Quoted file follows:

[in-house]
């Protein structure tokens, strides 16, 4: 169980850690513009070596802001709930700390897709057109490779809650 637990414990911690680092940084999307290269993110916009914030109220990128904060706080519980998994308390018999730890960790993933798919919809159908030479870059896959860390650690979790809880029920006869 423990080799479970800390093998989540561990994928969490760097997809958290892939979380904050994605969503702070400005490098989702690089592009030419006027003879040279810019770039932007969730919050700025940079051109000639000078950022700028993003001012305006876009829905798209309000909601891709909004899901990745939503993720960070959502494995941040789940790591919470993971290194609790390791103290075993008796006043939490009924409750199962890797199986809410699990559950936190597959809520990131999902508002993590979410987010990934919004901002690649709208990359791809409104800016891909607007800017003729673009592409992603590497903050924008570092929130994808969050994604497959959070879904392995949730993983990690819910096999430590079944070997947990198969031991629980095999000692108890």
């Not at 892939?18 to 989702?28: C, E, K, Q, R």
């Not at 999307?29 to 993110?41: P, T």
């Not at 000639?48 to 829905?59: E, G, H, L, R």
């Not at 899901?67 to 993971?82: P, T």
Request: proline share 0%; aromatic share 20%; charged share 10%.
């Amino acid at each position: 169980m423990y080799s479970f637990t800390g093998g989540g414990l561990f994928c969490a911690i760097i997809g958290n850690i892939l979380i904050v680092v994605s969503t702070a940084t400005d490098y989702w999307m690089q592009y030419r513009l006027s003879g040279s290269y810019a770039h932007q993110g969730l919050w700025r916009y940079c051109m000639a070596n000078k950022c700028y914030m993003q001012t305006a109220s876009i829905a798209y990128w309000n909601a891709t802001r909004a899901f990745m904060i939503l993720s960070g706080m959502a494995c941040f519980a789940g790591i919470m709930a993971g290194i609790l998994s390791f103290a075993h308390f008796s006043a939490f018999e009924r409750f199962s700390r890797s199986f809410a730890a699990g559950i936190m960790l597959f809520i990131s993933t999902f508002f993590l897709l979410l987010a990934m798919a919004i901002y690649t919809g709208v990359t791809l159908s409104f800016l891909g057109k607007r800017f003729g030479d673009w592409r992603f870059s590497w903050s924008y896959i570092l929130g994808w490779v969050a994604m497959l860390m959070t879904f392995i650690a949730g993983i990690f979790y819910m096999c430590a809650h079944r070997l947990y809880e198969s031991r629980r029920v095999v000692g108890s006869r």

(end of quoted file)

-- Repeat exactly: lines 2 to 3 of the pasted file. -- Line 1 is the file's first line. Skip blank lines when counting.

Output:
């Protein structure tokens, strides 16, 4: 169980850690513009070596802001709930700390897709057109490779809650 637990414990911690680092940084999307290269993110916009914030109220990128904060706080519980998994308390018999730890960790993933798919919809159908030479870059896959860390650690979790809880029920006869 423990080799479970800390093998989540561990994928969490760097997809958290892939979380904050994605969503702070400005490098989702690089592009030419006027003879040279810019770039932007969730919050700025940079051109000639000078950022700028993003001012305006876009829905798209309000909601891709909004899901990745939503993720960070959502494995941040789940790591919470993971290194609790390791103290075993008796006043939490009924409750199962890797199986809410699990559950936190597959809520990131999902508002993590979410987010990934919004901002690649709208990359791809409104800016891909607007800017003729673009592409992603590497903050924008570092929130994808969050994604497959959070879904392995949730993983990690819910096999430590079944070997947990198969031991629980095999000692108890």
């Not at 892939?18 to 989702?28: C, E, K, Q, R």